By Phillip Samuelson
The African grey parrot has the reputation for being the world’s greatest talking parrot. I consider this an accurate claim to fame, but having spent time around a number of greys, both pets and aviary birds, I’ve developed a fascination for this species that extends well beyond its speaking ability.
These birds are known for being somewhat nervous parrots that stress fairly easily. Tell-tale signs of African grey stress are somewhat unique and include ruffled feathers, pinned eyes, and nervous chewing of their toenails, often alternating feet to chew one set of toes, then the other. Frequently stressed greys are also near the top of the list when it comes to developing feather chewing and plucking behavior.
African grey vocalizations are unique. The squawks and screams common to neotropical parrots like Amazons, conures and macaws are not a part of the grey repertoire. Instead, greys use a range of piercing clicks and whistles. The wolf whistle comes naturally to them, and they pick it up easily if encouraged. But they need little encouragement. Teaching an African grey to whistle is about as pointless as teaching a fish to swim.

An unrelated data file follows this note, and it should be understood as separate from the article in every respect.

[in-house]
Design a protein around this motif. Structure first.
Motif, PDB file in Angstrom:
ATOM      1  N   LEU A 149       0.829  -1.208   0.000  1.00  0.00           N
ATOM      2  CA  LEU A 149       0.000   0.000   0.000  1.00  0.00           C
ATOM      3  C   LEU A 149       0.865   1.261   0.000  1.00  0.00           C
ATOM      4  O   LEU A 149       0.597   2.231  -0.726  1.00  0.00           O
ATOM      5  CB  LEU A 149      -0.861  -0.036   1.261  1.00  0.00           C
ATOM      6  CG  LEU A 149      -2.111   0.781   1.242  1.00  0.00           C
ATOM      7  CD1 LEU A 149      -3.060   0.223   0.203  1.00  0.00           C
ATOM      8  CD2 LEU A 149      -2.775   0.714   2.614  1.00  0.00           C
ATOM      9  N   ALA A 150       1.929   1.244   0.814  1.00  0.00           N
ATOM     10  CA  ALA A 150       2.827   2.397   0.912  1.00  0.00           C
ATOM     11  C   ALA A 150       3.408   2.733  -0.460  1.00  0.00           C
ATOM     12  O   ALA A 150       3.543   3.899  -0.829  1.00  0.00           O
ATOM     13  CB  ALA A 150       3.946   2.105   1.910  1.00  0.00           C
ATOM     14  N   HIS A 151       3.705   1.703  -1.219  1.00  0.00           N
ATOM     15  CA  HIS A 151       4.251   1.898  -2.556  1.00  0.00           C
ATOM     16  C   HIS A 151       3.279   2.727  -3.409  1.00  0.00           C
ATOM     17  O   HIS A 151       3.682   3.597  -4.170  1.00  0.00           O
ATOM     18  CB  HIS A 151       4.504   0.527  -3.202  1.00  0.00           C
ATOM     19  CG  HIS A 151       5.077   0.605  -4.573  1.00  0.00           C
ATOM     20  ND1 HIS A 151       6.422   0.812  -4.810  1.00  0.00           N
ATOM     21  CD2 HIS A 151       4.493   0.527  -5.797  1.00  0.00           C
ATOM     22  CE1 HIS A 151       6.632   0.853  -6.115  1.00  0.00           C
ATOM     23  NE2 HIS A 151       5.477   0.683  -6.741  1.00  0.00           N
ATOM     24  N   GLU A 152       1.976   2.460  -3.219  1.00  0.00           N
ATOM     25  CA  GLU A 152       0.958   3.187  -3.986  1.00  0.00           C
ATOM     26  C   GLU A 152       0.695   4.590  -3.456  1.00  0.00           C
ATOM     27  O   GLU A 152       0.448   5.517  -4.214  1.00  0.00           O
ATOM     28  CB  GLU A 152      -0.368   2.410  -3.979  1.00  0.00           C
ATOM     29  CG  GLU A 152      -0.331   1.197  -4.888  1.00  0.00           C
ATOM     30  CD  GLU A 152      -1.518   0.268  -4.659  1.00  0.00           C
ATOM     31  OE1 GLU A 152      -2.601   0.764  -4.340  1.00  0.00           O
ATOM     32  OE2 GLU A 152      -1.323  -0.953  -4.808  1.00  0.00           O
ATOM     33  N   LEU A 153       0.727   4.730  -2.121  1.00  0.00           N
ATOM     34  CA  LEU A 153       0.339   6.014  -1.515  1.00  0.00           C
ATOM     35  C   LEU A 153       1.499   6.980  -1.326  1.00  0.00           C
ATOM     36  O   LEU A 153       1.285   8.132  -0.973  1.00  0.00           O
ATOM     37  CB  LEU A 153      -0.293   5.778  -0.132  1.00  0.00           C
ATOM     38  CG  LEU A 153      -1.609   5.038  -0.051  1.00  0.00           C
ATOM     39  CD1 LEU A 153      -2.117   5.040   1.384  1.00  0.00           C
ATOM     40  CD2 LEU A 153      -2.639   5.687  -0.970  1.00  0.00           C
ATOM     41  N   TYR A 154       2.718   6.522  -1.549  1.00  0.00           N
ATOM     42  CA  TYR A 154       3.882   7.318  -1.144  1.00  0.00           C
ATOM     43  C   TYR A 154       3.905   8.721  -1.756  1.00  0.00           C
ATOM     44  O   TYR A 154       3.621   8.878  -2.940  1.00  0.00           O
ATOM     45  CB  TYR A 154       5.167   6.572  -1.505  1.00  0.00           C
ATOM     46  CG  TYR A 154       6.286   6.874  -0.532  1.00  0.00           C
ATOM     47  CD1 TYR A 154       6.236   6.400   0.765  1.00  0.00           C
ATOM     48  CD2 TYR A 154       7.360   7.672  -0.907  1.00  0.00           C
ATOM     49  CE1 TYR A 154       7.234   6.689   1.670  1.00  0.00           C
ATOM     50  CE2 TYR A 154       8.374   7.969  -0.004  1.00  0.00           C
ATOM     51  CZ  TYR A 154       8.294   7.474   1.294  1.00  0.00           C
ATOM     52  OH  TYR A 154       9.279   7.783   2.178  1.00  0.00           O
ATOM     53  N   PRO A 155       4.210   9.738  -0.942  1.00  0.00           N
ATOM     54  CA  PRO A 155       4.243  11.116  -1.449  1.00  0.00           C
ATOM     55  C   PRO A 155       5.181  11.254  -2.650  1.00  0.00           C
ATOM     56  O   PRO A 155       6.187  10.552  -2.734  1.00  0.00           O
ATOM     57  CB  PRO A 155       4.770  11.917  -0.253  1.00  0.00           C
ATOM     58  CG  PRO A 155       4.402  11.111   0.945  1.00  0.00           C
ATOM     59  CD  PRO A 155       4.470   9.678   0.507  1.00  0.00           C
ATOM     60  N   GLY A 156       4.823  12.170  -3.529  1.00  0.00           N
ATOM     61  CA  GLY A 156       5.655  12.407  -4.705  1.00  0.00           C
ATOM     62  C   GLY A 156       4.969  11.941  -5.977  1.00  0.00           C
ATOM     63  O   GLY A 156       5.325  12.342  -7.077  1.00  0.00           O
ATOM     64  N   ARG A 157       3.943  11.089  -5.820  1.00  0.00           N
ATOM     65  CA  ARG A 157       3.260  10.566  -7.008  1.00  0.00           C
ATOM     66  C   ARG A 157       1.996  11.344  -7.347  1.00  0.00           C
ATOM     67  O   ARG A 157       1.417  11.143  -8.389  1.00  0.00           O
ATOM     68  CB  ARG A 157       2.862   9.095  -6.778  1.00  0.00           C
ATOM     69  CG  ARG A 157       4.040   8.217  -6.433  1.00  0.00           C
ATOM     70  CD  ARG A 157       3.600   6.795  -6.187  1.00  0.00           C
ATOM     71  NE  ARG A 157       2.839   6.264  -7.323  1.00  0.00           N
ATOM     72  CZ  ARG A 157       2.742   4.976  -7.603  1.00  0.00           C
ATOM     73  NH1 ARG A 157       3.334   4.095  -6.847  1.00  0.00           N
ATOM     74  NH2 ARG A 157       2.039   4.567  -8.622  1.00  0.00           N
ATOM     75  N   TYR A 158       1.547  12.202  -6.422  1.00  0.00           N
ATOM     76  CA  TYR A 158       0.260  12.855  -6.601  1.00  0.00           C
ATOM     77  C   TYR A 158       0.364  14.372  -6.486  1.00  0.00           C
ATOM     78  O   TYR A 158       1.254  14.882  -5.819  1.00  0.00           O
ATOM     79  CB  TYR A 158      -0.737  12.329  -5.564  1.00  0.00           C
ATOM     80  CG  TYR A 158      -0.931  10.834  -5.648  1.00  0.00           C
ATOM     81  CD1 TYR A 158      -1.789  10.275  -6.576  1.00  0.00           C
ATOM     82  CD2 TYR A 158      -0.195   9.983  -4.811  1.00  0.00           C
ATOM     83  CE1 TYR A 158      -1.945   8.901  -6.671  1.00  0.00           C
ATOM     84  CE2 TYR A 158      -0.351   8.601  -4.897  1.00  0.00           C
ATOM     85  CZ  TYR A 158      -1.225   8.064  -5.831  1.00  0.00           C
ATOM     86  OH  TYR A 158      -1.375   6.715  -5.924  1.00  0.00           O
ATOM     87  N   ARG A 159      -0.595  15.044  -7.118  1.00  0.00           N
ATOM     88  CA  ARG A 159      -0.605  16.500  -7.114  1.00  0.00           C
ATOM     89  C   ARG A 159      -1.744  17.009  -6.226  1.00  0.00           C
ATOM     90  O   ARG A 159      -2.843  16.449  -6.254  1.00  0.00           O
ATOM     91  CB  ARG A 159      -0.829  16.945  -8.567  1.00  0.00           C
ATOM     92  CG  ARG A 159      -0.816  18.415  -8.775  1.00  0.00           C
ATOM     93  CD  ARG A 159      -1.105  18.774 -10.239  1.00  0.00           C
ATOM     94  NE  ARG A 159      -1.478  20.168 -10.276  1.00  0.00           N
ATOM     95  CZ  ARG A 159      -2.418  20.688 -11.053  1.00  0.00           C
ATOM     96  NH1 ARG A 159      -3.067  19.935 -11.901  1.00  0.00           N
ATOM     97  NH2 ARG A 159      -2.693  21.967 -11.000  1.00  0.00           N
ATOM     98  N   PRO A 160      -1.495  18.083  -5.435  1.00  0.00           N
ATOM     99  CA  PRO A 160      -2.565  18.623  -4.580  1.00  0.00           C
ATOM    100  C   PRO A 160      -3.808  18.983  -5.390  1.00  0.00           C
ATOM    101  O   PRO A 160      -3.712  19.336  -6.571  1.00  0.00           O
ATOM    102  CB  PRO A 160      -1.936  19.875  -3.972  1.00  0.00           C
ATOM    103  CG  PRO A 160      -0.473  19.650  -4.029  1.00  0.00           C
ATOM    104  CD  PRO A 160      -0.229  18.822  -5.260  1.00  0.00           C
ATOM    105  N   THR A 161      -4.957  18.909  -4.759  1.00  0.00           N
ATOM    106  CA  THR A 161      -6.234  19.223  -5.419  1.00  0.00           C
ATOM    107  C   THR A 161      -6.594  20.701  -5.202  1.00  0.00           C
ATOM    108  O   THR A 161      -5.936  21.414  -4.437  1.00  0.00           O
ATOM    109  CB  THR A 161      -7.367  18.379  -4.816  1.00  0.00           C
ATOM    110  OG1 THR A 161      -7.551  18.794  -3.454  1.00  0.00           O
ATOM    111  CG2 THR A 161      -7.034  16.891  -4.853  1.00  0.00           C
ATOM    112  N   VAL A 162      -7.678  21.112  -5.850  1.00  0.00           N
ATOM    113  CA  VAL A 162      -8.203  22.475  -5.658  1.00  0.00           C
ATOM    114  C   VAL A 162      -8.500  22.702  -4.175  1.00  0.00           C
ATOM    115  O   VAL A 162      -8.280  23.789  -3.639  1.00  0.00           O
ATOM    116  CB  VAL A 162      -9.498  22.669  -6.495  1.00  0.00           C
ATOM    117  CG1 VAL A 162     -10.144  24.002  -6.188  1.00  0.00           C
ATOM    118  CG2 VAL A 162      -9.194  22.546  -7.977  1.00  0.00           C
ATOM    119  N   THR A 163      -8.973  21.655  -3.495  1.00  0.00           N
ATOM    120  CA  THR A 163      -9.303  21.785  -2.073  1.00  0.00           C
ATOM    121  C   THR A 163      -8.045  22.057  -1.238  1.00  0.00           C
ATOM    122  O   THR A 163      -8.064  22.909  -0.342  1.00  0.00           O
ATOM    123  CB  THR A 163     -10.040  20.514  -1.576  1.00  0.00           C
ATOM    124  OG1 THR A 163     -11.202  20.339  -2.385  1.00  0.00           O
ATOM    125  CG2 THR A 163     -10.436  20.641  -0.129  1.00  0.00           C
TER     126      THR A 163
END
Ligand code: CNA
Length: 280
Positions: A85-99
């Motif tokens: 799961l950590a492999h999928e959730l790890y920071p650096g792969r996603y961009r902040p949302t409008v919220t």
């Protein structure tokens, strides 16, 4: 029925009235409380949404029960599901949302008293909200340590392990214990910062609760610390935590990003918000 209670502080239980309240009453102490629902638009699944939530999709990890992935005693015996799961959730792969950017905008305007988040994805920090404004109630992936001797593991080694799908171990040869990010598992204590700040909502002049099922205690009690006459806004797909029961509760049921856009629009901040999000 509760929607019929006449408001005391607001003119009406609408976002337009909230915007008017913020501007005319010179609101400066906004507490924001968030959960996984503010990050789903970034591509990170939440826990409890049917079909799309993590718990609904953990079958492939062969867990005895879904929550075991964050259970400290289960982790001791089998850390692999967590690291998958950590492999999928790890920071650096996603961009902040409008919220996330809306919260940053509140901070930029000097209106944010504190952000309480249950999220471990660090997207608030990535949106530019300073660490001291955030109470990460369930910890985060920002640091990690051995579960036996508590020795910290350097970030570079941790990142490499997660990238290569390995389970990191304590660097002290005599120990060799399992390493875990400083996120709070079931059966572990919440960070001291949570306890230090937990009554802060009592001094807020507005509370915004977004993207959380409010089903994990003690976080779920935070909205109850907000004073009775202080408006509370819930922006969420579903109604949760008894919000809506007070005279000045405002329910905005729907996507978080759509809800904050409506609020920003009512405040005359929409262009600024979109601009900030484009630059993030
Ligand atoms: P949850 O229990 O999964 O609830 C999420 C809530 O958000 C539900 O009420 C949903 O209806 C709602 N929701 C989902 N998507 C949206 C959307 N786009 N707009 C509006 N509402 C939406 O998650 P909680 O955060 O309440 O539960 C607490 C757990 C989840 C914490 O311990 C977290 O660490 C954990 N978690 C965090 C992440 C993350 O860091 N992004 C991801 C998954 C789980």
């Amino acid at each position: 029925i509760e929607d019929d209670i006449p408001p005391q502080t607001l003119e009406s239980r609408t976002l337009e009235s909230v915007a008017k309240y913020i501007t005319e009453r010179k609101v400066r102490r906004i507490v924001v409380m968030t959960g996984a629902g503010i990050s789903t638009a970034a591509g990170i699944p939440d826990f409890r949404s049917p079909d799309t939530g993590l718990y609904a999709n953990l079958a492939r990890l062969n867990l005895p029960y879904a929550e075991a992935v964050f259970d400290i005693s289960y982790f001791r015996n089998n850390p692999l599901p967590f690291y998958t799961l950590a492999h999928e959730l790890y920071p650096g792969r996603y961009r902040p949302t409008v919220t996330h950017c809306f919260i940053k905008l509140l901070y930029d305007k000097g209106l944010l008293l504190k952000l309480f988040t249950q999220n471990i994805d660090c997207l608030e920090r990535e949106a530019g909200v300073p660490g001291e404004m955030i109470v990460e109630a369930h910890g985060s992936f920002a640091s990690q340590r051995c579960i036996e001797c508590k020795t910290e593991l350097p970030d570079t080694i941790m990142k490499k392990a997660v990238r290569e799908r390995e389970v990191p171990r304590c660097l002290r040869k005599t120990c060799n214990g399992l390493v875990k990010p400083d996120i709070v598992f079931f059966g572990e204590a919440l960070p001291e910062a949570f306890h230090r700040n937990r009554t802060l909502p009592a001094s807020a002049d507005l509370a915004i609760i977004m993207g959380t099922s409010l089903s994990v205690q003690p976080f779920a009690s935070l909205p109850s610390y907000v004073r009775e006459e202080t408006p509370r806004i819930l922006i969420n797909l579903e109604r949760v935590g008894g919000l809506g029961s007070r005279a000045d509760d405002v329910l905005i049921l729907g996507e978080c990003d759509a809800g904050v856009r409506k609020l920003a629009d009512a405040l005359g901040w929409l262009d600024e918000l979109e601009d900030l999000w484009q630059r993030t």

It wasn’t until a friend gave me a pampered hand-fed grey that I came to realize what all the fuss was about. This bird had been my friend’s personal pet. She called me one day to ask if I could care for it while she was on vacation. I was happy to oblige, but when I stopped by her house to pick up the bird, I was greatly disturbed to see my friend’s weakened and sickly condition. Lung cancer had taken a huge toll, and the end of her battle with this horrible disease was near. She was an elderly, gruff woman who always had a seemingly ornery disposition, but I knew her as a lovable grump with a heart of gold. During my visit that day, I knew it was the last time I would ever see her. She just didn’t know how to say good-bye, so I played along with her story about “going on vacation.” I left her house with a new pet, but very sad.
I arrived home that evening tired and depressed about my friend. My bedroom had a huge walk-in closet with a large window at one end, so I decided to put the grey in there in a cage by the window. I would find a permanent place for the bird later. Sleep came quickly that evening, and I planned to sleep in the next day.
I awoke at the crack of dawn to the sound of a phone ringing. But this was a ring tone I had never heard. All of a sudden came my friend’s voice from the closet saying, “Hello?” Then came, “Hold on a moment please. Michael!” Next there was the adult male voice of my friend’ son, Michael. “Yeah. What’s up? OK. I’ll meet you there. See you later,” followed by the clattering sound of a phone being hung up. By that point I was sitting up in bed, wide-eyed and amazed. It was the grey making the noise! I had owned talking parrots for years but had never heard anything like that. It was truly amazing–the proverbial jaw dropper.